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Admission interviews are arguably the most important step in the admission process. Along with transcripts, report cards, standardized tests, essays, and other application materials, they help schools determine whether your family is a good fit for the school community.

If you are in the process of evaluating private and independent school options for your child, then you know that most, if not all, schools require parents to sit for an admission interview.

Interviews may take place during your scheduled campus tour. Other times, it may be a standalone event, later in the application process. With social distancing measures put in place due to the pandemic, virtual interviews have become increasingly common. The interviews may be held with the Admission Director or with a member of the school’s admission team.

Regardless of the format, one thing is certain: The admission interview is an important part of the process, and parents may feel anxious about it.

Managing the Process

This anxiety is natural—especially if you or your child has their heart set on a particular school. The admission interview can be seen as a make-or-break moment.

It is important to remember the admission interview isn’t just a chance for the school to evaluate you. It’s also an opportunity for you to evaluate the school, and make sure it is truly the right fit for your family.

Prior to the interview, you’ll want to prepare some specific and detailed answers that reveal who you are and why you’re interested in the school. Importantly, interviews give an insight into a potential family’s personality, interests, values, and personal goals. These conversations allow the school to build an initial, and hopefully, genuine rapport with families.

Avoid “over-preparing.” Schools dislike canned answers, highly rehearsed replies, or responses that look like they’re playing to the audience. They prefer honest and considered answers. In fact, being yourself and injecting a little measured “fun” into the answer may even help.

Bottom line: Be yourselves and strive for authenticity when possible.

It is also critical to ask some questions of your own during the school admission interview. This will show your interest in the school and enable you to be better informed, so you are certain to make the best possible decision about your child’s future.

Below are some common private school interview questions. These are organized by category: questions about yourself, your non-school interests, your school interests, your suitability for a school, your beliefs and values, and the school itself.

Questions About Your Family and Your Child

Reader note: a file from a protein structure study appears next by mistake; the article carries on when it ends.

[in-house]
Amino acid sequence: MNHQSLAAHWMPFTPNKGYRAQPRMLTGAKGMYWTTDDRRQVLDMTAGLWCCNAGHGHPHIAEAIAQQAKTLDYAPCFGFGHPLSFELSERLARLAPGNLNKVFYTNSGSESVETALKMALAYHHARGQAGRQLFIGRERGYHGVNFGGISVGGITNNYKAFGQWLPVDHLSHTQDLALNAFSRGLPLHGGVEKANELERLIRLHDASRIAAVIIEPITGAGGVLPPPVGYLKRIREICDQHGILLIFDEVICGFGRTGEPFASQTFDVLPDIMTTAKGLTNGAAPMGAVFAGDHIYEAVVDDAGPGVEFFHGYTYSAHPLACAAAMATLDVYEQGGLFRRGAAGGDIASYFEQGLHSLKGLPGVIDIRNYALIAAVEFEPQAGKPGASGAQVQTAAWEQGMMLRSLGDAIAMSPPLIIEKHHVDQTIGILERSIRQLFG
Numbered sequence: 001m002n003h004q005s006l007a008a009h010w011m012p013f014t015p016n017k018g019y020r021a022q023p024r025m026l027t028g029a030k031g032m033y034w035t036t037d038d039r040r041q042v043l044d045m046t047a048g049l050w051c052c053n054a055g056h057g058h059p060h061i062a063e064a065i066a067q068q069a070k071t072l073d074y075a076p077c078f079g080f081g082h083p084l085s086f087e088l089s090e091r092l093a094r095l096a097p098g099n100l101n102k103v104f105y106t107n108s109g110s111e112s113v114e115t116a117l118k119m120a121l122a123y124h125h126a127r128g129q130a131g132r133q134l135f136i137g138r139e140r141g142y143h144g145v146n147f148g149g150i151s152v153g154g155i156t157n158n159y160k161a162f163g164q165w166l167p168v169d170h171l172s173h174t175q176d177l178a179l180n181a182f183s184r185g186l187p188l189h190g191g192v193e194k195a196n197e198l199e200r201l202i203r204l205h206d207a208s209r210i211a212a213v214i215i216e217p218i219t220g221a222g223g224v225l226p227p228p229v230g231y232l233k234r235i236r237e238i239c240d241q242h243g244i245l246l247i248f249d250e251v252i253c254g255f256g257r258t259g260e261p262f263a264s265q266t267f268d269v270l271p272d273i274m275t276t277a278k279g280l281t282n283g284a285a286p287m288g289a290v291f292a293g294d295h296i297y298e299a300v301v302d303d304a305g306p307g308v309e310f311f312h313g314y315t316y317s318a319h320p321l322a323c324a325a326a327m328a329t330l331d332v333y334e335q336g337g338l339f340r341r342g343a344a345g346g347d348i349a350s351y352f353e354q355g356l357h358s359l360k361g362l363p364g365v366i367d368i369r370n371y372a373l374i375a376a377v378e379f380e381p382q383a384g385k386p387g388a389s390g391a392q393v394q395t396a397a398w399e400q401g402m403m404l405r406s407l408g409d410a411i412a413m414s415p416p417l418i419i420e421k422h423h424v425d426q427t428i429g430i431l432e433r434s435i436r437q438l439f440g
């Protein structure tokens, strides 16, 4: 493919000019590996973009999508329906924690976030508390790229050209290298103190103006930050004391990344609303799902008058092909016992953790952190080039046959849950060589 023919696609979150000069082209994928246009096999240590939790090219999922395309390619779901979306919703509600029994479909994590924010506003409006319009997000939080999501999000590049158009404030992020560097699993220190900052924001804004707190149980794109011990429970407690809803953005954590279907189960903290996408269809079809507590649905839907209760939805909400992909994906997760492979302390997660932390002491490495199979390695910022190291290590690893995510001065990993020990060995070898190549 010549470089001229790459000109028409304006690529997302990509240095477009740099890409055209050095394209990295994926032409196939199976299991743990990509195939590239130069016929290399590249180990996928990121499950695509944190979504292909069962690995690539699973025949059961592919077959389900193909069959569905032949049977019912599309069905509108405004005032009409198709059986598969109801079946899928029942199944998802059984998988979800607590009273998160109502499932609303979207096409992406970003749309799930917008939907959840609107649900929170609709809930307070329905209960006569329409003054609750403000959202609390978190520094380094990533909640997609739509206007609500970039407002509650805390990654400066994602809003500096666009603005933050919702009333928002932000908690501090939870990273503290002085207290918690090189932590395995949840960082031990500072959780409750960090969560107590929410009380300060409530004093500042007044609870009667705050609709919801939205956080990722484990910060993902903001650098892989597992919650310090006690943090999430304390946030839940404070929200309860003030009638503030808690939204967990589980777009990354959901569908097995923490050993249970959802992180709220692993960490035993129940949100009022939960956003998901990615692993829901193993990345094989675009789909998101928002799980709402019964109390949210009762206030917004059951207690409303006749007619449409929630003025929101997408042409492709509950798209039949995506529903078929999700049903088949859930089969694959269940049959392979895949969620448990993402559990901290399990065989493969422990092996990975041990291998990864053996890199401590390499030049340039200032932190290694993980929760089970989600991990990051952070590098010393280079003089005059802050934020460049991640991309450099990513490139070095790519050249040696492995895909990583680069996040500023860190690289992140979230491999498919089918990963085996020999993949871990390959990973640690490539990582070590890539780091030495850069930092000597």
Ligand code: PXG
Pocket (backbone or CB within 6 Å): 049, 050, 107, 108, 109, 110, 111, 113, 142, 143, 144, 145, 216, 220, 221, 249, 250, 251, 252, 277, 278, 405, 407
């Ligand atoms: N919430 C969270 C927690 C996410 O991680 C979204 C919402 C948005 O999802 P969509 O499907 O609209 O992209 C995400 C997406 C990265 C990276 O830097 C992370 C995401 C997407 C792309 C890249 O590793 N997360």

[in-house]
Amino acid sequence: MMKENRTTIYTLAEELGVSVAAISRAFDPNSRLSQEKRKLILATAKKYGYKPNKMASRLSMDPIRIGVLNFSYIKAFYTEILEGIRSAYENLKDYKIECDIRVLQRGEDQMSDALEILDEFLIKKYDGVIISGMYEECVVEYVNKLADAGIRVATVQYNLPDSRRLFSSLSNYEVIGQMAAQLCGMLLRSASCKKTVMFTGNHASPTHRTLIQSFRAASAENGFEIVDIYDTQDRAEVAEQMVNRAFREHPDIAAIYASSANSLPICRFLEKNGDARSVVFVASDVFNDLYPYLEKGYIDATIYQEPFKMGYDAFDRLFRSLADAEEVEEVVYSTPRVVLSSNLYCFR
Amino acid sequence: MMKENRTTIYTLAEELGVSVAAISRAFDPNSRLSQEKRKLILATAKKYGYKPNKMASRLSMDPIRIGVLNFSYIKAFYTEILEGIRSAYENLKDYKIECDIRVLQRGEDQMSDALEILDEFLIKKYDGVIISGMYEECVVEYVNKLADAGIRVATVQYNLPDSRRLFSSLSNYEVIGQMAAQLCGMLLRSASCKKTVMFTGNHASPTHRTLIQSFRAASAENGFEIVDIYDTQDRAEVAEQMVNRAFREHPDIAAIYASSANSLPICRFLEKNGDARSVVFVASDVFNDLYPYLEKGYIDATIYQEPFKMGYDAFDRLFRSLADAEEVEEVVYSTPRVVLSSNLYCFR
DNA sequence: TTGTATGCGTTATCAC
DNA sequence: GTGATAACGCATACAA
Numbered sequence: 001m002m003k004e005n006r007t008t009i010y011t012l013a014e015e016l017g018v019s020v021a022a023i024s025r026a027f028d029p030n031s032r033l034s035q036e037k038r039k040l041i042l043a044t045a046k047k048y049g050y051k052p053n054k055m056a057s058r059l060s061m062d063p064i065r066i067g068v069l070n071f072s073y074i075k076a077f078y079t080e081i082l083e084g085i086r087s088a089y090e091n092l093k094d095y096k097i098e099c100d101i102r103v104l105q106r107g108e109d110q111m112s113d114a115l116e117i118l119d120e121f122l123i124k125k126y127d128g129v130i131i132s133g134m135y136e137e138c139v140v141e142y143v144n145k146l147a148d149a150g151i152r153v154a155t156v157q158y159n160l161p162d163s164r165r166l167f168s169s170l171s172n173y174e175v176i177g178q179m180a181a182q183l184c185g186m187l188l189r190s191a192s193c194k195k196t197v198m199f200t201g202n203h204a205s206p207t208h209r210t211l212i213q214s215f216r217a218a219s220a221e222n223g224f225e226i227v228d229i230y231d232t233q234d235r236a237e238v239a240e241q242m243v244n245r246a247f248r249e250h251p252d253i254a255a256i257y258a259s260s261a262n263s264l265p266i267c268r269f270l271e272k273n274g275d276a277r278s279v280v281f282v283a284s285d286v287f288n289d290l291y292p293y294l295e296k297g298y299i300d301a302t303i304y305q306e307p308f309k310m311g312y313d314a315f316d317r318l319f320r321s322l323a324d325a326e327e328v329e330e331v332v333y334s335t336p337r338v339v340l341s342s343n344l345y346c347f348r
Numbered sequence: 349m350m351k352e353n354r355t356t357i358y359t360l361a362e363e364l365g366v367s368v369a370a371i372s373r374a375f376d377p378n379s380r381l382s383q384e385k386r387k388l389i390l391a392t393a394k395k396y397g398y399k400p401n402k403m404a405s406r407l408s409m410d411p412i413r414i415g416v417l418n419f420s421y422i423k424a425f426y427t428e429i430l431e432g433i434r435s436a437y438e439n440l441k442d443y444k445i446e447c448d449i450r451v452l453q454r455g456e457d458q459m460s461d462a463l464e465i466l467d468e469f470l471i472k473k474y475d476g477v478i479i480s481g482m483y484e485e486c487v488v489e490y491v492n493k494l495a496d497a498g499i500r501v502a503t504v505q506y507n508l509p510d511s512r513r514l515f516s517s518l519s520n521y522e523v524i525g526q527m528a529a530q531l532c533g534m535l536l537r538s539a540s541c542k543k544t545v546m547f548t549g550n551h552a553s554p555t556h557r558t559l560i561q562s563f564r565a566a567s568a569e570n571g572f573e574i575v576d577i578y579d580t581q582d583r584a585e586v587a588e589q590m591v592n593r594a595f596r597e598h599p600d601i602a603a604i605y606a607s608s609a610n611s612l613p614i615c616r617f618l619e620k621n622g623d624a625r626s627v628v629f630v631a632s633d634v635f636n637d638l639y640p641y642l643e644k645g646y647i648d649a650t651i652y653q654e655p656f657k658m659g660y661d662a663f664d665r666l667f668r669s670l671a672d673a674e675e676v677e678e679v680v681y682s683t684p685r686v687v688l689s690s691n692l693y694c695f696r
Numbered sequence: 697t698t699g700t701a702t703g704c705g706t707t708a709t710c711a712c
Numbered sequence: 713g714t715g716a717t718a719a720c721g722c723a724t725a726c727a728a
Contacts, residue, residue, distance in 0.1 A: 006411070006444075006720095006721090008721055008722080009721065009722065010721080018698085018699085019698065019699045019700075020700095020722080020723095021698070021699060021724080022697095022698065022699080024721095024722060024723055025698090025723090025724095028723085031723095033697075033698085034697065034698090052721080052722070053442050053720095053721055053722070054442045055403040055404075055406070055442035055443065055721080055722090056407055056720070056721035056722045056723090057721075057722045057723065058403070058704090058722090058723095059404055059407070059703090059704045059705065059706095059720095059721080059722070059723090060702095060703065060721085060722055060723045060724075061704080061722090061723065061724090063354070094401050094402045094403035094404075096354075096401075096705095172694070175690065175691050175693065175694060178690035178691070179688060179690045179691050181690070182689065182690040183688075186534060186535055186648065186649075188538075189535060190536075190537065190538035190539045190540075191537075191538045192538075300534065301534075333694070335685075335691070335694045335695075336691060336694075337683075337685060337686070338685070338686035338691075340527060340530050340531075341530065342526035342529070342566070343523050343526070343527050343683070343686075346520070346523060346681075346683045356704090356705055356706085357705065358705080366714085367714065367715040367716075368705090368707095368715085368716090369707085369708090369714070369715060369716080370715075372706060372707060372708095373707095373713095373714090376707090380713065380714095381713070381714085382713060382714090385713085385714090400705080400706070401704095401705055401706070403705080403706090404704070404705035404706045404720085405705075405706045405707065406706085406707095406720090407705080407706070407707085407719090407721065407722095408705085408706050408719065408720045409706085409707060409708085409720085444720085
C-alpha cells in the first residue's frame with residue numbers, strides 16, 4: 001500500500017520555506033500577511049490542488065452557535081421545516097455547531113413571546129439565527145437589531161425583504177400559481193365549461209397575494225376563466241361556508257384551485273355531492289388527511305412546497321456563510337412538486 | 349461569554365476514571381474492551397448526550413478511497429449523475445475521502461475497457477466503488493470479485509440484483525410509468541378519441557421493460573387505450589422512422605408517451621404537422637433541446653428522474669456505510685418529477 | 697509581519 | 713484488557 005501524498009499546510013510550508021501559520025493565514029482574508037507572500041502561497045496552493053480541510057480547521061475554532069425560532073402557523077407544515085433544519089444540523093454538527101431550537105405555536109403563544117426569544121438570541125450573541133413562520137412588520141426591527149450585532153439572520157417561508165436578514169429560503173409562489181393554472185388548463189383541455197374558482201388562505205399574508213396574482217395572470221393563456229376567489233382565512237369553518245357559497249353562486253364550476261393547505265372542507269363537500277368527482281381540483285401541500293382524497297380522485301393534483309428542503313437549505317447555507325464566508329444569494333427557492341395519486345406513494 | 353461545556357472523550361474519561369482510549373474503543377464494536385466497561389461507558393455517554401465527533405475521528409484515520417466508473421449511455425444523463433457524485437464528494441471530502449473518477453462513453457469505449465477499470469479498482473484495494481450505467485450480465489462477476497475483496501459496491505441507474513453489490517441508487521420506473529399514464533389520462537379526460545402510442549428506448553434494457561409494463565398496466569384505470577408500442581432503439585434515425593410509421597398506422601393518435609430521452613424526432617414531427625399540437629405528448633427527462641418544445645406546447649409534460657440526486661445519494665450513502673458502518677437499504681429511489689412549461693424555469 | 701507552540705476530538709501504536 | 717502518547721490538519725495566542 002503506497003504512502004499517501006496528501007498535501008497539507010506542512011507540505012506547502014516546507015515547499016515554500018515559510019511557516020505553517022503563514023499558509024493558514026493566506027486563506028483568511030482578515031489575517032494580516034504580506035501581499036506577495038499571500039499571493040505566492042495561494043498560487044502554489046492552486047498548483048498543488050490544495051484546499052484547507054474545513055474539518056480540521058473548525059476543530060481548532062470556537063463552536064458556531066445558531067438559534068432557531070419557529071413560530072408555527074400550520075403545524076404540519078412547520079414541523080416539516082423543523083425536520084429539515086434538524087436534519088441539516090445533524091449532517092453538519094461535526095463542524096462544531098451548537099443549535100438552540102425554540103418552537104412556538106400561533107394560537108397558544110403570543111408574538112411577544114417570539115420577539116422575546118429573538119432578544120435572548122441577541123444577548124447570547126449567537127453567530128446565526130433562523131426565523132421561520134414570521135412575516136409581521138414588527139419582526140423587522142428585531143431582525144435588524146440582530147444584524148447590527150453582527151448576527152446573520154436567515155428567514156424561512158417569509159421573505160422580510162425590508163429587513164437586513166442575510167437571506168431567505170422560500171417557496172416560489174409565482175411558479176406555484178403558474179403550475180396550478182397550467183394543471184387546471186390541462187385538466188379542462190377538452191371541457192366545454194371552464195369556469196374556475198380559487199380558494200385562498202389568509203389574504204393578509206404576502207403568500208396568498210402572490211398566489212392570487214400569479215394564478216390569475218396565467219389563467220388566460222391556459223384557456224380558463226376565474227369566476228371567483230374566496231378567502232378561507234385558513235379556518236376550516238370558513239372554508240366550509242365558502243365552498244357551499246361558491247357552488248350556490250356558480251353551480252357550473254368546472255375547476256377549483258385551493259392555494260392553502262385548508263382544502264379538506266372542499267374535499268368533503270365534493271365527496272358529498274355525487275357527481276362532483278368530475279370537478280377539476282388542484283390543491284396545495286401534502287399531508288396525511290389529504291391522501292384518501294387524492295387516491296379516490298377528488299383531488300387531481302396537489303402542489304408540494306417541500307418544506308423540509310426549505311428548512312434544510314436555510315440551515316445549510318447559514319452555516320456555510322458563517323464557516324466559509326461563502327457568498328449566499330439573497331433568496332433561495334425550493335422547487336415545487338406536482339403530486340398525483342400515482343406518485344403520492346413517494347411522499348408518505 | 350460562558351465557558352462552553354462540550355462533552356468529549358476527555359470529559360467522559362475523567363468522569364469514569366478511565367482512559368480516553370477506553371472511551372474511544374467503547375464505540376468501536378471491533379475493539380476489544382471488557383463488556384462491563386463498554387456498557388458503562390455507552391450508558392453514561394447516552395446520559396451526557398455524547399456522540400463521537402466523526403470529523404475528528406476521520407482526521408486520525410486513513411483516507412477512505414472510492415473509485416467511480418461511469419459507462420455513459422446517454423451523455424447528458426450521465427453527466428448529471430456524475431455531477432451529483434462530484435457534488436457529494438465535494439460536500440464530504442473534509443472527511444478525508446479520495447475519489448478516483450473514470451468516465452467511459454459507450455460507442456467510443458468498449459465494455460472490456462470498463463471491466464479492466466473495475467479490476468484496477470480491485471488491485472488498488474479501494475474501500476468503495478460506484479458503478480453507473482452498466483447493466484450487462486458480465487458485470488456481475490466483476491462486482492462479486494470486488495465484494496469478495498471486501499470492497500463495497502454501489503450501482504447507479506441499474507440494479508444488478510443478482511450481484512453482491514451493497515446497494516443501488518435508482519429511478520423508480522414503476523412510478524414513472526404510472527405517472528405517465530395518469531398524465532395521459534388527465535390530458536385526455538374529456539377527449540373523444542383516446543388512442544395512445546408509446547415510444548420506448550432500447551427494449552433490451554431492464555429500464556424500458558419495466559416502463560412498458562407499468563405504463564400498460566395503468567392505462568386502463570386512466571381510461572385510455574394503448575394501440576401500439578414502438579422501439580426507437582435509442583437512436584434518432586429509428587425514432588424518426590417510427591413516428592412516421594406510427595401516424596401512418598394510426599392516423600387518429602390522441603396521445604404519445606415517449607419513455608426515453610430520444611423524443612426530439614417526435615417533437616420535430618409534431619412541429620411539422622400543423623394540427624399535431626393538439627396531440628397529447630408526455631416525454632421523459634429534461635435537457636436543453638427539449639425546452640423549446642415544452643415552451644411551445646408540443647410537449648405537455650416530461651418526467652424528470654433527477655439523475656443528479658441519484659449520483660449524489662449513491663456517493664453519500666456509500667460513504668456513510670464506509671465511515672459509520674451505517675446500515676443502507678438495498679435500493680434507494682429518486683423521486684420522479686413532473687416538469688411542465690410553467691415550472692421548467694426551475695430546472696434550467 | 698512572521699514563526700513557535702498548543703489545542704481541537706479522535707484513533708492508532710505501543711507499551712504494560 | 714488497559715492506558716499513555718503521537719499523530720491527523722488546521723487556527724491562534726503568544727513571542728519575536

It’s common for private schools to ask you questions about yourself. They want to get a sense of the kind of person you are, and how you see yourself—specifically learning about your strengths and weaknesses, aims, goals, and values.

Schools may ask about your child’s interests outside of school. They’ll want to know about their talents, hobbies, and passions—whether in the arts, sports, history, science, or some other area.

Some questions you may be asked include:

  • Tell me a bit about your family.
  • What three adjectives best describe your child’s personality?
  • Tell us more about what your child does outside of school.

Tip: Your answers should be clear, specific, and detailed. For instance, in describing your family or your child, don’t list personality traits––such as confidence, curiosity, and empathy. Instead, give specific examples: “My child has always been fascinated by marine life.” Be prepared to speak about at least one or two interests in earnest about your child.

Questions About Your Values and Personal Beliefs

Schools like to get a sense of your personal core beliefs and values. They’ll want to learn whether they align with the school’s mission and values.

Your prospective school might ask these questions during the admission interview:

  • What does it mean to be a good member of a community?
  • How do you see yourself partnering with the school?

Tip: Give honest and reflective answers. Don’t oversimplify things, with short, curt answers. Give details and explain why.

Questions About the School Itself

Don’t be surprised when you’re asked if you have any questions about a school. This is a common way to gauge your level of interest. It also reveals what interests you about the school.

Some questions you may be asked to include:

  • Do you have any questions about our school?
  • Do you have any concerns about our school?

Be prepared with one or two questions. Ask something that illustrates your genuinely interested in some feature of the school, such as academics, extracurriculars, or student life.

Ask questions if you have any concerns or need more information––especially if you think it will help better evaluate your options. Choosing the right school for your child is critical to ensuring their future is as bright and fulfilling as possible.

Above all, remember this isn’t only an opportunity for the school to interview you; it’s an opportunity for you to interview the school.

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